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The sole trader’s guide to secondary tax

How to navigate the tax nuances of multiple income streams.

Ever scratched your head, wondering why you’re paying different amounts of tax on your main PAYE job and your part-time gig? And if you run a side hustle do you need to pay more tax on that as well?

Welcome to the world of secondary tax. We know it can be a bit confusing, so we’re here to break it down for you.

Sole traders

What is “secondary tax”?

Secondary tax is the income tax you pay on a second salary. So if you have a main job where your employer deducts PAYE tax, and you take a second PAYE job, you’ll pay secondary tax rates on that second job (and any third, fourth or more PAYE jobs).

Secondary tax is usually levied at a higher rate, which is why it feels like you’re paying more tax than normal. But that’s actually not the case. Very basically, a secondary tax rate is higher than a primary income tax rate to take into account income you’ve already earned.

For example, if you’re self-employed for the first six months of the year and earn $60k, then take a PAYE role for the second half and earn another $60k, your PAYE withholding tax will nowhere near cover your final tax bill. That’s because your PAYE job doesn’t take into account what you’ve already earned, so you’ll only be taxed to cover that second $60k.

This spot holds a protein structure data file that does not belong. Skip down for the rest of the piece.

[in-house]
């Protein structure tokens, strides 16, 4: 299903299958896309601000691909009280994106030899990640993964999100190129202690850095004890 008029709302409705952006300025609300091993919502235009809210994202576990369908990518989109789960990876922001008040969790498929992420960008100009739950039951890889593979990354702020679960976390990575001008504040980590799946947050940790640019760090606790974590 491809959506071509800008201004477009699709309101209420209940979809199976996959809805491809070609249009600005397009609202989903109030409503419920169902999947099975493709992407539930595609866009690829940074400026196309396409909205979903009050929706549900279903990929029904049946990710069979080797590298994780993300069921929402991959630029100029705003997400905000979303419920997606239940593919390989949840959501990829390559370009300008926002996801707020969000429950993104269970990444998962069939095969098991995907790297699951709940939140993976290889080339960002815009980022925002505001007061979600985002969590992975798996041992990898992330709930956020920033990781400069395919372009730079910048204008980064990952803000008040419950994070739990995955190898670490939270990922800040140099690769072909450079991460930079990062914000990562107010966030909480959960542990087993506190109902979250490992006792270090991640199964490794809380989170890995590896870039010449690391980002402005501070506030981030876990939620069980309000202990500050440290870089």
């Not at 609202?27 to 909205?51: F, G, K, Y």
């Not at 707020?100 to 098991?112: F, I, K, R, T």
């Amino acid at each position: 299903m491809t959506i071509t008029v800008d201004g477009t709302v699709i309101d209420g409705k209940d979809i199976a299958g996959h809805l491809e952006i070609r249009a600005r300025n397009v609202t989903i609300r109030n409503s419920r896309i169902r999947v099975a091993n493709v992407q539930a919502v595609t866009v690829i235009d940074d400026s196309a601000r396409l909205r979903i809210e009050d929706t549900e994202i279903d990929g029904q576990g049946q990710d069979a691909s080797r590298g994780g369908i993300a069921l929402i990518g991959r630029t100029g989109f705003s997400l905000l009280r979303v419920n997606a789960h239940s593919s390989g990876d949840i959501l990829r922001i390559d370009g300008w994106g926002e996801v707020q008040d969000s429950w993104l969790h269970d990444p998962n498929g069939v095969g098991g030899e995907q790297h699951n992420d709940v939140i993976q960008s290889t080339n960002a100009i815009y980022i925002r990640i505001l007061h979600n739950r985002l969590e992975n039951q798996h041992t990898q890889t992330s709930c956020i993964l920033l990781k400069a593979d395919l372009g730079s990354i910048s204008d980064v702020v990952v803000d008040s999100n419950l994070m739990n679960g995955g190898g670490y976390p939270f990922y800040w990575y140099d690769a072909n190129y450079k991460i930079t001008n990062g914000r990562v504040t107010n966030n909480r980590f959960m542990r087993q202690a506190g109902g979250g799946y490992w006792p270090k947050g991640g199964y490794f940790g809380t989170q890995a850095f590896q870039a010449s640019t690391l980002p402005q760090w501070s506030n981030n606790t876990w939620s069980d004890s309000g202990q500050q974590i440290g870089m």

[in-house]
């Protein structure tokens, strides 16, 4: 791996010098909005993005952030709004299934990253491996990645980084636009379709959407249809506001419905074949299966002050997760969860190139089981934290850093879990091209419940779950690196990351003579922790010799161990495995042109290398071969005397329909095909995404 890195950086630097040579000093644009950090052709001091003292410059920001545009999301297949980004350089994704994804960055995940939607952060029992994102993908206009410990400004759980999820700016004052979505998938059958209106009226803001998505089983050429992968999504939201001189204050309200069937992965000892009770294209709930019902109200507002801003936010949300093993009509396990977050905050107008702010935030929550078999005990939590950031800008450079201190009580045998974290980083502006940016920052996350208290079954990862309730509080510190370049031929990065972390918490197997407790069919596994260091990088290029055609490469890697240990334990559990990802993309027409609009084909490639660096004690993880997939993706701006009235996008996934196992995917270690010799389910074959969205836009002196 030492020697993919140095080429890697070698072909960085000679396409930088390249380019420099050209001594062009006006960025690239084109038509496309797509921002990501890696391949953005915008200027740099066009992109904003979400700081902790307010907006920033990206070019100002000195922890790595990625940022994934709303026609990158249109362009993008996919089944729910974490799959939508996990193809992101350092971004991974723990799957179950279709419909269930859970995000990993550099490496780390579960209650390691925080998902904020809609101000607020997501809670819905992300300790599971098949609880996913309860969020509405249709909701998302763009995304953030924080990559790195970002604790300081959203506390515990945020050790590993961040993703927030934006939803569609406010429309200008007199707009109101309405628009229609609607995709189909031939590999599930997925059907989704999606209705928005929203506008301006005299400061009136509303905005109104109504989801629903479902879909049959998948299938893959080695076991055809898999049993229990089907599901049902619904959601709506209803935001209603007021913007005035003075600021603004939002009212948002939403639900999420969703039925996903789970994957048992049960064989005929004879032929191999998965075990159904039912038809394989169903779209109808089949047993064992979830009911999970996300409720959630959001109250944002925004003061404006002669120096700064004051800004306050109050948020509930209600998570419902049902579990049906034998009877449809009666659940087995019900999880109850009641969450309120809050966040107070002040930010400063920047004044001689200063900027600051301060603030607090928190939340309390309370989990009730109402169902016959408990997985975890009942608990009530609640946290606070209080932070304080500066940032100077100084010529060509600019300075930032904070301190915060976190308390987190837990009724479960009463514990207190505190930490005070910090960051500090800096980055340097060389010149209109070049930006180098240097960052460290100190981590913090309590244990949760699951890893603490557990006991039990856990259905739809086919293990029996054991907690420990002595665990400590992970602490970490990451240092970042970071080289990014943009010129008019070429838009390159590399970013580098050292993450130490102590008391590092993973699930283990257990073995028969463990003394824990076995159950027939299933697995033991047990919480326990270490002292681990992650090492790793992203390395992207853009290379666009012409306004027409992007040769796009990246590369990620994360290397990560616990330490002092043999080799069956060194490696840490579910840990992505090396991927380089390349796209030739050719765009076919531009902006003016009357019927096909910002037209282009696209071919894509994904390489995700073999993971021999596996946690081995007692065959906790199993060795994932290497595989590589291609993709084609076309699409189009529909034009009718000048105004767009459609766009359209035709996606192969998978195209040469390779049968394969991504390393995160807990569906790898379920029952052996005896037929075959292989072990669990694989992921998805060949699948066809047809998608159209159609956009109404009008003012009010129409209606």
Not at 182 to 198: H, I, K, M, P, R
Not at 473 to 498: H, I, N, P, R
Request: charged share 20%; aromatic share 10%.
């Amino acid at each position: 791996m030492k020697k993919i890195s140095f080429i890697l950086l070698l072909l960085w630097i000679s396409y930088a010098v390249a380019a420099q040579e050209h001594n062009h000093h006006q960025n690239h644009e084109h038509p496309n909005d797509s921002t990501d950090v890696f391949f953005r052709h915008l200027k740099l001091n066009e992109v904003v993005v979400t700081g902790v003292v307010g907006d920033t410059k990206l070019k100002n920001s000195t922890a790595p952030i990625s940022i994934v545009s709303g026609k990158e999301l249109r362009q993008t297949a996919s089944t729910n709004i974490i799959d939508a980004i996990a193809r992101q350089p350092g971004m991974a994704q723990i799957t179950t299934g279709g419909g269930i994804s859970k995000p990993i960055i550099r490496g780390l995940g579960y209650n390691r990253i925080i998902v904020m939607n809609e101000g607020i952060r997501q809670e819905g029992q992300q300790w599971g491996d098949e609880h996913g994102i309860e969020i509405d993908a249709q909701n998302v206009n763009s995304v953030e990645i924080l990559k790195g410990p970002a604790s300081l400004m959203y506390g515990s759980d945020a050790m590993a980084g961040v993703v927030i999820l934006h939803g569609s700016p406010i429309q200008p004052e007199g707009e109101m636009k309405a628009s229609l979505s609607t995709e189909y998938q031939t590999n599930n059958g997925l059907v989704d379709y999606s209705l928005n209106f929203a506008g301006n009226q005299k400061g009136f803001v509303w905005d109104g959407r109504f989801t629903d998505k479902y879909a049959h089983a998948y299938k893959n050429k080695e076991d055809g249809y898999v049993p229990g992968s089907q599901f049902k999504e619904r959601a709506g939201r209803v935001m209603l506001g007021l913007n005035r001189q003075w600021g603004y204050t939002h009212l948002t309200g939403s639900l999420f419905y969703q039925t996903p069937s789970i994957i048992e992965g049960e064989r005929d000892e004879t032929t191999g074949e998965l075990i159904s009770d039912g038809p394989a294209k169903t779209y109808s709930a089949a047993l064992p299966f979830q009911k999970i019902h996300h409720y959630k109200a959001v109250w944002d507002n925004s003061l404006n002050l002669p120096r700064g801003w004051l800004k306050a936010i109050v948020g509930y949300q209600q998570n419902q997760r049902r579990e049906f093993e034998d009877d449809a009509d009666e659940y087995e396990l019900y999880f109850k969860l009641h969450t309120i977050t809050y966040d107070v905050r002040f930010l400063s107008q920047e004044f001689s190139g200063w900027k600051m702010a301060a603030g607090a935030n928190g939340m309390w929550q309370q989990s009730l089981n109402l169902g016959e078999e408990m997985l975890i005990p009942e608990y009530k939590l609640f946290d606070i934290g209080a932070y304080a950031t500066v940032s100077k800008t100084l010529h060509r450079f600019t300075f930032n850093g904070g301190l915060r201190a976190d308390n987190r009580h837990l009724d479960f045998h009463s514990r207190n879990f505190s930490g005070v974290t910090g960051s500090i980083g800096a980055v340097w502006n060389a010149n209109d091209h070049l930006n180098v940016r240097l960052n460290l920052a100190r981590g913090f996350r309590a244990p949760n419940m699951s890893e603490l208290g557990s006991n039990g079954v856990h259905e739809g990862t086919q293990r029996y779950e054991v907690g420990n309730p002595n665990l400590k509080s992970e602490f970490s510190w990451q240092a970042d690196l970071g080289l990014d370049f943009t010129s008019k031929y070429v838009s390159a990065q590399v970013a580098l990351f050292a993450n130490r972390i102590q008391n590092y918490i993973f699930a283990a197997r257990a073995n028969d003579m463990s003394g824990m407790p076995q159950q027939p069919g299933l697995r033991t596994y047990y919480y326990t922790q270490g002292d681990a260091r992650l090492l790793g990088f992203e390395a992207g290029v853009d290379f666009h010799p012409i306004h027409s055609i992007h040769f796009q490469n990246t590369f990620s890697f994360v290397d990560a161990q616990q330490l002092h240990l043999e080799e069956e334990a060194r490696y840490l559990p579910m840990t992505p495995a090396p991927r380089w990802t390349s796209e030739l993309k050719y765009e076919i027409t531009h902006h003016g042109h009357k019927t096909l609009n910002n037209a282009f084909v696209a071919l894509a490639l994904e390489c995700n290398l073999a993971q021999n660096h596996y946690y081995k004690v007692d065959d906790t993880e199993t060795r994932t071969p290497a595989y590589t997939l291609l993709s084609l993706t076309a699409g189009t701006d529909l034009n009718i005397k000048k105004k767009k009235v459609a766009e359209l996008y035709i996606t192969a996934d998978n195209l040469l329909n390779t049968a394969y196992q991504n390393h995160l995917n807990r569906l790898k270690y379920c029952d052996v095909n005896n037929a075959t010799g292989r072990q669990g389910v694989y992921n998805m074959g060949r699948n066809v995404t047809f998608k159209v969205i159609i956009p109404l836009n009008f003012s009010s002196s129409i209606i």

In this instance, it may actually work out better for you to use a secondary tax code – you’ll be taxed more in the short run, but you may not end up with such a big tax bill come the end of the financial year.

The same principle applies if you get a big pay raise, or move to a higher-paying PAYE role midyear. Secondary tax codes are your friend here!

How is secondary tax calculated?

New Zealand uses a progressive tax system, meaning lower earners pay less tax and higher earners pay more tax.

The amount of tax you pay is based on all your income sources at the end of the financial year.

If your primary income is from a PAYE salaried job, you’ll be assigned a tax code depending on your situation, and the rate of tax you pay will be calculated based on how much you earn and which tax bracket you fall into.

For each dollar of income Tax rate
Up to $14,000 10.5%
Over $14,000 and up to $48,000 17.5%
Over $48,000 and up to $70,000 30%
Over $70,000 and up to $180,000 33%
Remaining income over $180,000 39%

But not every dollar you earn gets the same tax treatment.

If you earn $50,000 a year, for example, you fall into the 30% tax bracket but you don’t pay 30% on the whole $50,000.

Because of the progressive tax rate system, you pay 10.5% on the first $14,000 you earn, 17.5% on the next $34,000, and 30% on the remaining $2,000 so the average tax rate in this case ends up being 16%.